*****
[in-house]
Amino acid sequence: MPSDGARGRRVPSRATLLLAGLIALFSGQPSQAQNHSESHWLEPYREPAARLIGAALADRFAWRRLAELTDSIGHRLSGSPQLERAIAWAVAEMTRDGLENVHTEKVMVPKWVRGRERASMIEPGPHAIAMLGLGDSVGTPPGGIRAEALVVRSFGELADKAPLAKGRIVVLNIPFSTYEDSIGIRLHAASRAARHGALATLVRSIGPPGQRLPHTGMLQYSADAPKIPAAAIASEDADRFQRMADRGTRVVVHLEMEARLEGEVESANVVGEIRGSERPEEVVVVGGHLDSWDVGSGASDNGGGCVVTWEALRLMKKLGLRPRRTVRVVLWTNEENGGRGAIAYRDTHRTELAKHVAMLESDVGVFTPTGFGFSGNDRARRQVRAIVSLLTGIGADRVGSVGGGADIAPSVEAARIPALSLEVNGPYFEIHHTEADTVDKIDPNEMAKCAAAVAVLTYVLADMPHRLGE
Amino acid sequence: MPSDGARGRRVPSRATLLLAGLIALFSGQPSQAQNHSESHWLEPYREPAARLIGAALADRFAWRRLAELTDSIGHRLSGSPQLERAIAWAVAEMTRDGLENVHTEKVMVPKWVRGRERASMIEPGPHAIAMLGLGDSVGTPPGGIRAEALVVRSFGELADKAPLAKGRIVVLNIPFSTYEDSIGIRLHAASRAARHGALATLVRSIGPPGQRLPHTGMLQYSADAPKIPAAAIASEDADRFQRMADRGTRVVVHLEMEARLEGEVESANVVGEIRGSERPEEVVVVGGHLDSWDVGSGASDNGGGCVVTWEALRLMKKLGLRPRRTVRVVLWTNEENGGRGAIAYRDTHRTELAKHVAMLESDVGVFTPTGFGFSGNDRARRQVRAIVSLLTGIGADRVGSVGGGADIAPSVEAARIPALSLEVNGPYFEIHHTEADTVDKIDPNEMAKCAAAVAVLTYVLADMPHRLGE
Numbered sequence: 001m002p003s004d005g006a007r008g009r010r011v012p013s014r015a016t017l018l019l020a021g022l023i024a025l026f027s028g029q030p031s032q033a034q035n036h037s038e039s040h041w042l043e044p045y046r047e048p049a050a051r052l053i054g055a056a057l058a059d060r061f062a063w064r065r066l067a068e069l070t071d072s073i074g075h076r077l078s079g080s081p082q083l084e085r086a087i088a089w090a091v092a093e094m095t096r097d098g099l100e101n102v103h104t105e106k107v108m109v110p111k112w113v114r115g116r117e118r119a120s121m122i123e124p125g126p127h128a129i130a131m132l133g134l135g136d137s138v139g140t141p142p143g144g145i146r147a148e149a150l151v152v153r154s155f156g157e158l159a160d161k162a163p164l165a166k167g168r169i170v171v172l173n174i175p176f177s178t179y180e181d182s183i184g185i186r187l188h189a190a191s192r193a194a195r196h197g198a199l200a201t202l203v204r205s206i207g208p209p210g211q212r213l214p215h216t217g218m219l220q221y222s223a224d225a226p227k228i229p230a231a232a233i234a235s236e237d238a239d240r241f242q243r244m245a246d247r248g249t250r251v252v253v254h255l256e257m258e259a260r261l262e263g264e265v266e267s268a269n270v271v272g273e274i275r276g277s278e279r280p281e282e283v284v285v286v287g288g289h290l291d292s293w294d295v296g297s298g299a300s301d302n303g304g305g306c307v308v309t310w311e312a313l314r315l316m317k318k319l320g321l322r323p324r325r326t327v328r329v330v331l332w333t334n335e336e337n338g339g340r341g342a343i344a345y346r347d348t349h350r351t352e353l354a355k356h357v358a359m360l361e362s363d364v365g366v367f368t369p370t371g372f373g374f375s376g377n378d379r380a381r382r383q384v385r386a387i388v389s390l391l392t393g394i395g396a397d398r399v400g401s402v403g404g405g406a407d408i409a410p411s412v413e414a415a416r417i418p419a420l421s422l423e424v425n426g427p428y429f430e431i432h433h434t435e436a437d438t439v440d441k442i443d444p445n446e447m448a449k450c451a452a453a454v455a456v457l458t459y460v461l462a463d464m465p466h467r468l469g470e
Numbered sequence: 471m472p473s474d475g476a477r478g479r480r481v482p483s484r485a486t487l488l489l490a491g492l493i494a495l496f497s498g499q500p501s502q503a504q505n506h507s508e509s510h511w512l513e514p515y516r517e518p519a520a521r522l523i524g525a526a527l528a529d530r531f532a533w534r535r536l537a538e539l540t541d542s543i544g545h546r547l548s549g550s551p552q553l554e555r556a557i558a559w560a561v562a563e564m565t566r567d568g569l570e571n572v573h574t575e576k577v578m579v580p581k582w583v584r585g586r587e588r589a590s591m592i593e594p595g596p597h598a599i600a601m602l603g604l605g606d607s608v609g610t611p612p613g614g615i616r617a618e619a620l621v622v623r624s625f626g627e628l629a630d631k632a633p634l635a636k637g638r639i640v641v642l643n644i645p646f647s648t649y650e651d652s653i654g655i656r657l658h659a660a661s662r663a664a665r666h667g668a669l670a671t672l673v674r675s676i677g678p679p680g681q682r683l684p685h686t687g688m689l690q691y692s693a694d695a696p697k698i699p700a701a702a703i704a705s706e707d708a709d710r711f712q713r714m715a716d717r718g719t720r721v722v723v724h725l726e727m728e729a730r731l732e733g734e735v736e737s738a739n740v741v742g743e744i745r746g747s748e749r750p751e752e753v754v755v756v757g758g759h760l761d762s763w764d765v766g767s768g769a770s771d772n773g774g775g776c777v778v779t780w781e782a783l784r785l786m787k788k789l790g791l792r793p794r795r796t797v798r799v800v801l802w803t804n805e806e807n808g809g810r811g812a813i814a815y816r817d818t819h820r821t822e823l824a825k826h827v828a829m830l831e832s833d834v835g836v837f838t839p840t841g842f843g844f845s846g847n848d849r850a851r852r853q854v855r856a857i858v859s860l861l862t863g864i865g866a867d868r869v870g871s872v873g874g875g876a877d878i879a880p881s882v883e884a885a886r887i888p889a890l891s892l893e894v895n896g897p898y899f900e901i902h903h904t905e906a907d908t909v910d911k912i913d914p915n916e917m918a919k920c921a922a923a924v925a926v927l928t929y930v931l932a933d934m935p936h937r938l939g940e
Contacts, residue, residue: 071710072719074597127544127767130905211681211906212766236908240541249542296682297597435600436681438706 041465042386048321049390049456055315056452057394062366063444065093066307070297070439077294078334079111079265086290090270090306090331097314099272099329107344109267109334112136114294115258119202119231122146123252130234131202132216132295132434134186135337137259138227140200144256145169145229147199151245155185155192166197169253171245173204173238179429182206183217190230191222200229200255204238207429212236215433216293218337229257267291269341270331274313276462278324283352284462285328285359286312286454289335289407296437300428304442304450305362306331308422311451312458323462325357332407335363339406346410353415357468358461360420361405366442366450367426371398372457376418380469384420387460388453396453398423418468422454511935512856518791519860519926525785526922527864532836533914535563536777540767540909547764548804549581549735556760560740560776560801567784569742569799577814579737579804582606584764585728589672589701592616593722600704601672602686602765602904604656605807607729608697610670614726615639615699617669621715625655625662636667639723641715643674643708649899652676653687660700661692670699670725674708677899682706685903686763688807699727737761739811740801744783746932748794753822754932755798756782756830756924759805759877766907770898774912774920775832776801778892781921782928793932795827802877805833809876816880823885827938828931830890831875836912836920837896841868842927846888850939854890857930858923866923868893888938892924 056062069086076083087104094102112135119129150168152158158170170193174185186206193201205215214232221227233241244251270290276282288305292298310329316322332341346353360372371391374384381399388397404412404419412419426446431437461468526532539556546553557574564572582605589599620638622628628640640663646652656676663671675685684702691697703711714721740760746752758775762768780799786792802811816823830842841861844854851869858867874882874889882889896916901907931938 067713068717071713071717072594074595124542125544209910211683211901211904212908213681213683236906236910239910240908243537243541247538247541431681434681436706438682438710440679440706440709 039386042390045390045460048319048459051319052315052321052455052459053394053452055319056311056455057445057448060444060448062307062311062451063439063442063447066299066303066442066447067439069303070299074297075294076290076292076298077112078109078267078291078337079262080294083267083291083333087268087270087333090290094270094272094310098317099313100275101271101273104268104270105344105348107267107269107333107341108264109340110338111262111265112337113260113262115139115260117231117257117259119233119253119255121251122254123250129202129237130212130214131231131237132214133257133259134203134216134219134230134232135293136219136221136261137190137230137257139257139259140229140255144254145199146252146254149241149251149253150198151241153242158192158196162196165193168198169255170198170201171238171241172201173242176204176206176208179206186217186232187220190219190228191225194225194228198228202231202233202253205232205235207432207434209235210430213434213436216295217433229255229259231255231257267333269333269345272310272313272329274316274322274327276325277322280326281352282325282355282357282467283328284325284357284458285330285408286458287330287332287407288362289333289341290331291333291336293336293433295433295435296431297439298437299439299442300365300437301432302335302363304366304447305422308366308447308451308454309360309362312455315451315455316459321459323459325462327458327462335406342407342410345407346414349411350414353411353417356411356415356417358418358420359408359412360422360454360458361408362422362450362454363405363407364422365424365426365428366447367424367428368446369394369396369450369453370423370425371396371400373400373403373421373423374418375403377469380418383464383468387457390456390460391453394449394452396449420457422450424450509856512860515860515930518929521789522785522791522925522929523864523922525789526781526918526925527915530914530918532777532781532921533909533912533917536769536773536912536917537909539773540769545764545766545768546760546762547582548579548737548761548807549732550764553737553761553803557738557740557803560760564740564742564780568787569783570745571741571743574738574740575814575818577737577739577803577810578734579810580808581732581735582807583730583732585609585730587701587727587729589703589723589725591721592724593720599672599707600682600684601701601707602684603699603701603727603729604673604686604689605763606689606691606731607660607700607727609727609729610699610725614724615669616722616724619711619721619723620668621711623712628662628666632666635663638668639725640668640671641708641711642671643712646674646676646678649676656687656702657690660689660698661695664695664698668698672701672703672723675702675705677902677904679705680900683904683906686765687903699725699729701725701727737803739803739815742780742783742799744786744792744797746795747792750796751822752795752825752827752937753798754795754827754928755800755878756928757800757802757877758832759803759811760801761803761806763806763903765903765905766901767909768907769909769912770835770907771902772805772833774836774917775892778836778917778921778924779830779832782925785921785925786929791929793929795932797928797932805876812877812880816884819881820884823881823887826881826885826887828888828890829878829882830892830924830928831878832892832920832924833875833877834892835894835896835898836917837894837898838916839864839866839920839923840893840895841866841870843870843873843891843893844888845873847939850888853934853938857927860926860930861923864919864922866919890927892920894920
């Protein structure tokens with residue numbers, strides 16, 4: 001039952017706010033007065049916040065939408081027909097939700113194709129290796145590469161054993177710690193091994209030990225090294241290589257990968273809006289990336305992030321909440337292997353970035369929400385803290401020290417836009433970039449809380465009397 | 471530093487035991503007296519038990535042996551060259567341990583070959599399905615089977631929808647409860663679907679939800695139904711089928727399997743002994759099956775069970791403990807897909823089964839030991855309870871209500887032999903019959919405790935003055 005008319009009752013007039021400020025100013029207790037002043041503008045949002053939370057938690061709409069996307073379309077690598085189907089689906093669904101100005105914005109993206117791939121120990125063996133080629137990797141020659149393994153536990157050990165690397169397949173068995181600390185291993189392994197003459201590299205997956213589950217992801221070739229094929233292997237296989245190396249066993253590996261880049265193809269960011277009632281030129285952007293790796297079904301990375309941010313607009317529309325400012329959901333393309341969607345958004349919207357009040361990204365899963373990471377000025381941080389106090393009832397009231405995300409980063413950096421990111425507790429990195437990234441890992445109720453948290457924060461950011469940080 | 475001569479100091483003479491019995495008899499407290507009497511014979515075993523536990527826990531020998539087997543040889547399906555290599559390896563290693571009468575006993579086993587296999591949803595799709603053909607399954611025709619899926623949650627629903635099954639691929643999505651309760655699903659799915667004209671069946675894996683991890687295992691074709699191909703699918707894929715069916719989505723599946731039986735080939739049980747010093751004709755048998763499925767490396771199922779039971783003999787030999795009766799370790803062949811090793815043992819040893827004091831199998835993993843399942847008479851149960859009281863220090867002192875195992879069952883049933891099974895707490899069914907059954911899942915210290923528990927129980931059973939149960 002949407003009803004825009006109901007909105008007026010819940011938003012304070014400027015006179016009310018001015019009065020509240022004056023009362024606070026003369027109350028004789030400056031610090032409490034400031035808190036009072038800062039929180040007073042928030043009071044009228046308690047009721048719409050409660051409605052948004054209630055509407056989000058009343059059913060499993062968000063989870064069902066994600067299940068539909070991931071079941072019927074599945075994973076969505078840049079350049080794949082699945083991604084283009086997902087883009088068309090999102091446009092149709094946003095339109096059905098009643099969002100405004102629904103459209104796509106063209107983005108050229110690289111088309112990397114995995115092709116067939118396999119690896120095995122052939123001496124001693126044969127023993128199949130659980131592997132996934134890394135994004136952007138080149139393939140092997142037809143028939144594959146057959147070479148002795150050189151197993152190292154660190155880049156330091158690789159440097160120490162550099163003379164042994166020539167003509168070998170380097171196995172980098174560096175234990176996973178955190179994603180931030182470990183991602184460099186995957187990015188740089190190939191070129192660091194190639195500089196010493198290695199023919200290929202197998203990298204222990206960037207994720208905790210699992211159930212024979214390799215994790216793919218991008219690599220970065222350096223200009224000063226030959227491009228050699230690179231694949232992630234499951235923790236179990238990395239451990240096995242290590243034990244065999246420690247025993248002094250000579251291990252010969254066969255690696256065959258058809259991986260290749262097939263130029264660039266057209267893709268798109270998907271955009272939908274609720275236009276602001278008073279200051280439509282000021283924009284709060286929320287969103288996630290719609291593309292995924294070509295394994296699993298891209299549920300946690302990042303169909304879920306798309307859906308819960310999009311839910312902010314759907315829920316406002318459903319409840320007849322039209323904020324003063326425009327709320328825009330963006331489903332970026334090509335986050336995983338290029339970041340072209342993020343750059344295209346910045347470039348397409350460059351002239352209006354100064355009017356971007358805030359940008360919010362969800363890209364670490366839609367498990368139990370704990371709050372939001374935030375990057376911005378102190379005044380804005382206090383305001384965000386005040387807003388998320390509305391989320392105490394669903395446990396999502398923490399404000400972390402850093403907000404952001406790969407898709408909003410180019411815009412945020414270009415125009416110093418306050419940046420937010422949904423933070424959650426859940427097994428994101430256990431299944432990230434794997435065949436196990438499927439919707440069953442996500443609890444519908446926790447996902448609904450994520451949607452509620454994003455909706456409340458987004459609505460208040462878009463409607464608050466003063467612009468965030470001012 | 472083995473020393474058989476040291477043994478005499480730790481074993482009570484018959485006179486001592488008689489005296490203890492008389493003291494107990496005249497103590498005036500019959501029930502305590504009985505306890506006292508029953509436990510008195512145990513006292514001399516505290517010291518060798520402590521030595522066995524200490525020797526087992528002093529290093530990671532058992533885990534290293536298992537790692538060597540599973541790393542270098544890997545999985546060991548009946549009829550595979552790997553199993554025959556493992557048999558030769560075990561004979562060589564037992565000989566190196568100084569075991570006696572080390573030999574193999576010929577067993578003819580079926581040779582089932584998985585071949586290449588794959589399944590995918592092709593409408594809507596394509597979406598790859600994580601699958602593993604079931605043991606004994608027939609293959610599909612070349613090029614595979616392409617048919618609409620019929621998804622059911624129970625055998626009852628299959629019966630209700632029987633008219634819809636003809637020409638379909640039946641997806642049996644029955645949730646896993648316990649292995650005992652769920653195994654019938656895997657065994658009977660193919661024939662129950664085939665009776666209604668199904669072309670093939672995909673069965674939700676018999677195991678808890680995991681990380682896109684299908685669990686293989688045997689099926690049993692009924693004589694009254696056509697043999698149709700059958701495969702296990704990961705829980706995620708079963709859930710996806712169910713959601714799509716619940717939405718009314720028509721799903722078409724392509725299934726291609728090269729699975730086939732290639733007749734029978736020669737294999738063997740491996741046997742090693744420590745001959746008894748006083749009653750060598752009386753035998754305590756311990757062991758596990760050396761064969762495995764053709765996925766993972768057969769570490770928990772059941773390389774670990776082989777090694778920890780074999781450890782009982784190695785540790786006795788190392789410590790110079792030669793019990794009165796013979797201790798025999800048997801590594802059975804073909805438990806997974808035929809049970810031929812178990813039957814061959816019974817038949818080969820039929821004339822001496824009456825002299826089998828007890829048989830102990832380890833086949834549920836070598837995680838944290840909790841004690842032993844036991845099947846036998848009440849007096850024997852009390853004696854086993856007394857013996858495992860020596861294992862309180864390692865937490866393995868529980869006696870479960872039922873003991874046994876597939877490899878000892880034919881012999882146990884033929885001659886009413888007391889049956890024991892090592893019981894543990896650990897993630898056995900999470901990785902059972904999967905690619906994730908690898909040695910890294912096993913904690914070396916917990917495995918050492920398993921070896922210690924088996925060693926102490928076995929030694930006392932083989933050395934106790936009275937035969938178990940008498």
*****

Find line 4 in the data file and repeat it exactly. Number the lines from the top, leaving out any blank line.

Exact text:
Numbered sequence: 001m002p003s004d005g006a007r008g009r010r011v012p013s014r015a016t017l018l019l020a021g022l023i024a025l026f027s028g029q030p031s032q033a034q035n036h037s038e039s040h041w042l043e044p045y046r047e048p049a050a051r052l053i054g055a056a057l058a059d060r061f062a063w064r065r066l067a068e069l070t071d072s073i074g075h076r077l078s079g080s081p082q083l084e085r086a087i088a089w090a091v092a093e094m095t096r097d098g099l100e101n102v103h104t105e106k107v108m109v110p111k112w113v114r115g116r117e118r119a120s121m122i123e124p125g126p127h128a129i130a131m132l133g134l135g136d137s138v139g140t141p142p143g144g145i146r147a148e149a150l151v152v153r154s155f156g157e158l159a160d161k162a163p164l165a166k167g168r169i170v171v172l173n174i175p176f177s178t179y180e181d182s183i184g185i186r187l188h189a190a191s192r193a194a195r196h197g198a199l200a201t202l203v204r205s206i207g208p209p210g211q212r213l214p215h216t217g218m219l220q221y222s223a224d225a226p227k228i229p230a231a232a233i234a235s236e237d238a239d240r241f242q243r244m245a246d247r248g249t250r251v252v253v254h255l256e257m258e259a260r261l262e263g264e265v266e267s268a269n270v271v272g273e274i275r276g277s278e279r280p281e282e283v284v285v286v287g288g289h290l291d292s293w294d295v296g297s298g299a300s301d302n303g304g305g306c307v308v309t310w311e312a313l314r315l316m317k318k319l320g321l322r323p324r325r326t327v328r329v330v331l332w333t334n335e336e337n338g339g340r341g342a343i344a345y346r347d348t349h350r351t352e353l354a355k356h357v358a359m360l361e362s363d364v365g366v367f368t369p370t371g372f373g374f375s376g377n378d379r380a381r382r383q384v385r386a387i388v389s390l391l392t393g394i395g396a397d398r399v400g401s402v403g404g405g406a407d408i409a410p411s412v413e414a415a416r417i418p419a420l421s422l423e424v425n426g427p428y429f430e431i432h433h434t435e436a437d438t439v440d441k442i443d444p445n446e447m448a449k450c451a452a453a454v455a456v457l458t459y460v461l462a463d464m465p466h467r468l469g470e